>It is a condition of the forming of the United States of America that the
    >older states, with their legacy of colonial governments, are the most
    >likely to be (seen as) corrupt. They have institutionalized patronage
    >systems and no incentive to change cultures, in fact the opposite.


    I think it has more to do with where powerful political machines existed
    in the late 1800s, which probably depended on where the big cities of the
    time were.

    I don't sense NH, one of the original 13 colonies, as corrupt nor states
    like NC SC GA or DE as any worse than average. Also among the 13.

    >[Massachusetts has an elected Governor's Council which was created in
    >colonial times as a check on the Crown-appointed Governor and which has
    >left only the power to confirm judicial appointments, and which has
    >successfully withstood numerous calls and campaigns for its elimination.
    >Seven pols no one can name - odds are no one can name even his/her own -
    >who are a needless drain on the treasury, but it's a political sinecure.]


    Yes, that Governor's Council is a joke.

    >Also, Mass. and Penn. and Va. (and Ky, for some reason) are
    >Commonwealths, an even older form of government where the cities and
    >towns are creatures of the state with no power of their own to tax.


    "Commonwealth" for those four states is just a name, it has nothing to
    do with the type of government or anything. It's not like the Commonwealth
    of Puerto Rico, which is a unique creature, and not a state.

    New England type towns are pretty much unique to New England, and I'm
    pretty sure cities and towns in PA VA KY are quite different, and different
    from each other.


  3. Re: OT Corrupt States (was Re: HP to close Nashua (ZKO))

    In article ,
    norm.raphael@metso.com writes:
    > This is a multipart message in MIME format.
    > --=_alternative 00588A2B852573B0_=
    > Content-Type: text/plain; charset="US-ASCII"
    >
    > moroney@world.std.spaamtrap.com (Michael Moroney) wrote on 12/13/2007
    > 08:52:23 AM:
    >
    >> In article , VAXman- @SendSpamHere.ORG

    > writes:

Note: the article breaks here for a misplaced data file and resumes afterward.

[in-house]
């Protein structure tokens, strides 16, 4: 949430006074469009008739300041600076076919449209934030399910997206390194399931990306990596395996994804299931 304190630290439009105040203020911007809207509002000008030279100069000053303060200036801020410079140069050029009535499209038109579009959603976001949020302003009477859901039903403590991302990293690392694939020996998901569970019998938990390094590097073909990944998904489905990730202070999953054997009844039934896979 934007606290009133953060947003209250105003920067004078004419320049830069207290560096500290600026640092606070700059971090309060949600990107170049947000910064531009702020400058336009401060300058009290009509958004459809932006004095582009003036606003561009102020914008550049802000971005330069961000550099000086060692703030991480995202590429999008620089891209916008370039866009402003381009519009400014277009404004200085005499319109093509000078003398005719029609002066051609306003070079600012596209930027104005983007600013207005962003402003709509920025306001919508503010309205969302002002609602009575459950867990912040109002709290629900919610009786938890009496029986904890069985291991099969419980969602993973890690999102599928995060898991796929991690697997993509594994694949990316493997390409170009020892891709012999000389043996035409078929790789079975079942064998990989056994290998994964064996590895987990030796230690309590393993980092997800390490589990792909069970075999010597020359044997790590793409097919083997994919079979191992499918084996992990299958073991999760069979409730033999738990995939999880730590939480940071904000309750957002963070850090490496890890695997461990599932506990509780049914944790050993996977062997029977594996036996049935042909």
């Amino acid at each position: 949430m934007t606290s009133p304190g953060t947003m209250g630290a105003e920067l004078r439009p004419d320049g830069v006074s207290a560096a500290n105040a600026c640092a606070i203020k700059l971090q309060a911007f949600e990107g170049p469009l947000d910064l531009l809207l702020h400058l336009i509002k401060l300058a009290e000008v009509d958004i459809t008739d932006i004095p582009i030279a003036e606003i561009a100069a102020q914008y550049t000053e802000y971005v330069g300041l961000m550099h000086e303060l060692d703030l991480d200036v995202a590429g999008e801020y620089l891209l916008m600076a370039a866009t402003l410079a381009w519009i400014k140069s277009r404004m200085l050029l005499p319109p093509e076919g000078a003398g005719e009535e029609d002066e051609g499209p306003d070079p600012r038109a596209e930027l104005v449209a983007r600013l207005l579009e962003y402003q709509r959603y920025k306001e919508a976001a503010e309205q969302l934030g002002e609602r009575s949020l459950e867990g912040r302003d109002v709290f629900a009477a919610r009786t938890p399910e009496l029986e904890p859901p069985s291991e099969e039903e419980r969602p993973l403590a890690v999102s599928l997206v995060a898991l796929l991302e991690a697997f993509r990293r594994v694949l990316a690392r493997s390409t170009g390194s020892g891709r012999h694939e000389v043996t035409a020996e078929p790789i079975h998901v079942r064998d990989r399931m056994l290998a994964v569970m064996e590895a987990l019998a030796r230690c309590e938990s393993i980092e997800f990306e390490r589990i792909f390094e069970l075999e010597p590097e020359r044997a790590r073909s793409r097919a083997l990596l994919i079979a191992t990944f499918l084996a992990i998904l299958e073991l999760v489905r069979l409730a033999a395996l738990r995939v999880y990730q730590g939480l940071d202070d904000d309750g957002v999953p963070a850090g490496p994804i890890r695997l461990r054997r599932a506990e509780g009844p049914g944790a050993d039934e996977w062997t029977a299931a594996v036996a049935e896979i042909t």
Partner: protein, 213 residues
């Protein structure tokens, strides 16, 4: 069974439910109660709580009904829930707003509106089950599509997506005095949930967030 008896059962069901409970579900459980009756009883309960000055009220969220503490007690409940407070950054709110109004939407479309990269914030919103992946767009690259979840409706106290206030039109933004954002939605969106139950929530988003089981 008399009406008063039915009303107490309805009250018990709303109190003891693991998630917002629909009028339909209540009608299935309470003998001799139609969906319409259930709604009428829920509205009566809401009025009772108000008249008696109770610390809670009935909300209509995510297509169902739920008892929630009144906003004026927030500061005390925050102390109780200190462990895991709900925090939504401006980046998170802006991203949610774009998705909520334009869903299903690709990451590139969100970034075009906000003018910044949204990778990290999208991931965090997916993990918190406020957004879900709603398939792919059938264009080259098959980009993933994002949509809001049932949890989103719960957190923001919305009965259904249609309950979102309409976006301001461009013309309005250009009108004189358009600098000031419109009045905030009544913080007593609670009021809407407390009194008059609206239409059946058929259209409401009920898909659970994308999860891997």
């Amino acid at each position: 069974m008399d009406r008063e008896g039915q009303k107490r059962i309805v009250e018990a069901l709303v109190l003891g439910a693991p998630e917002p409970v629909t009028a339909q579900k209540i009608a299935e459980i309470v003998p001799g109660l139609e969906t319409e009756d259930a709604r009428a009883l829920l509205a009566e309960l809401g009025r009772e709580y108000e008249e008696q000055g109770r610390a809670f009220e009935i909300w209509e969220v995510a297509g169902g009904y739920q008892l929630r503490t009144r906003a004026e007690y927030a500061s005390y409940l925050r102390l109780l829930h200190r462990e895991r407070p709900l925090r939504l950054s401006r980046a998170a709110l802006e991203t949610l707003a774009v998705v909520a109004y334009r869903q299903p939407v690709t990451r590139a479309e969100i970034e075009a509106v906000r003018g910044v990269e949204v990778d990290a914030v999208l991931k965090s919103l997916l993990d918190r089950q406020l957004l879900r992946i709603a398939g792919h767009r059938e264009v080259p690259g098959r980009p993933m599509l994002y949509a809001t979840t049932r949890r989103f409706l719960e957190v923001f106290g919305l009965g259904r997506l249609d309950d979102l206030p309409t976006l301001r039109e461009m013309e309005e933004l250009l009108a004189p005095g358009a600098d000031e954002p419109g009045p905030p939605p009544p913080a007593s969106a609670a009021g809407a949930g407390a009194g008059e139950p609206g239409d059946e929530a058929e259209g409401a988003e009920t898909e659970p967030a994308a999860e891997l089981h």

>> > In article <47607D71.2040505@comcast.net>, "Richard B. Gilbert"

    >> writes:
    >> >>
    >> >>
    >> >>Rich Jordan wrote:
    >> >>> On Dec 12, 1:55 pm, "B H" wrote:
    >> >>>

    >>
    >>>>>http://www.nashuatelegraph.com/apps/...D=/20071212/NE...
    >> >>>
    >> >>>
    >> >>> Thats just too bad. Given a choice between New Hampshire and
    >> >>> taxachussetts, a state that gives Ill-annoy a run for the "most
    >> >>> incompetent and corrupt" title, I know where I'd prefer to live and
    >> >>> work... That and I got to visit that facility a couple of times...

    > it
    >> >>> feels like more of a loss because of those trips.
    >> >>
    >> >>I thought everyone knew that New Jersey is the "most incompetent and
    >> >>corrupt"!
    >> >
    >> > I wasn't going to bring it up.

    >>
    >> Rhode Island.
    >>
    >> With a population and area smaller than New Hampshire, they have almost
    >> twice as many state employees as NH, many of them patronage positions.
    >> Maybe the people don't mind. The former mayor of Providence just got
    >> back from a few years in federal prison for corruption to a hero's
    >> welcome.

    >
    > It is a condition of the forming of the United States of America that the
    > older states, with their legacy of colonial governments, are the most
    > likely to be (seen as) corrupt. They have institutionalized patronage
    > systems and no incentive to change cultures, in fact the opposite.
    >
    > [Massachusetts has an elected Governor's Council which was created in
    > colonial times as a check on the Crown-appointed Governor and which has
    > left only the power to confirm judicial appointments, and which has
    > successfully withstood numerous calls and campaigns for its elimination.
    > Seven pols no one can name - odds are no one can name even his/her own -
    > who are a needless drain on the treasury, but it's a political sinecure.]
    >
    > Also, Mass. and Penn. and Va. (and Ky, for some reason) are
    > Commonwealths, an even older form of government where the cities and
    > towns are creatures of the state with no power of their own to tax.


    Since when? We have local taxes everywhere in PA. I pay them here and
    the town is only 4 blocks on a side, square.

    bill

    --
    Bill Gunshannon | de-moc-ra-cy (di mok' ra see) n. Three wolves
    bill@cs.scranton.edu | and a sheep voting on what's for dinner.
    University of Scranton |
    Scranton, Pennsylvania | #include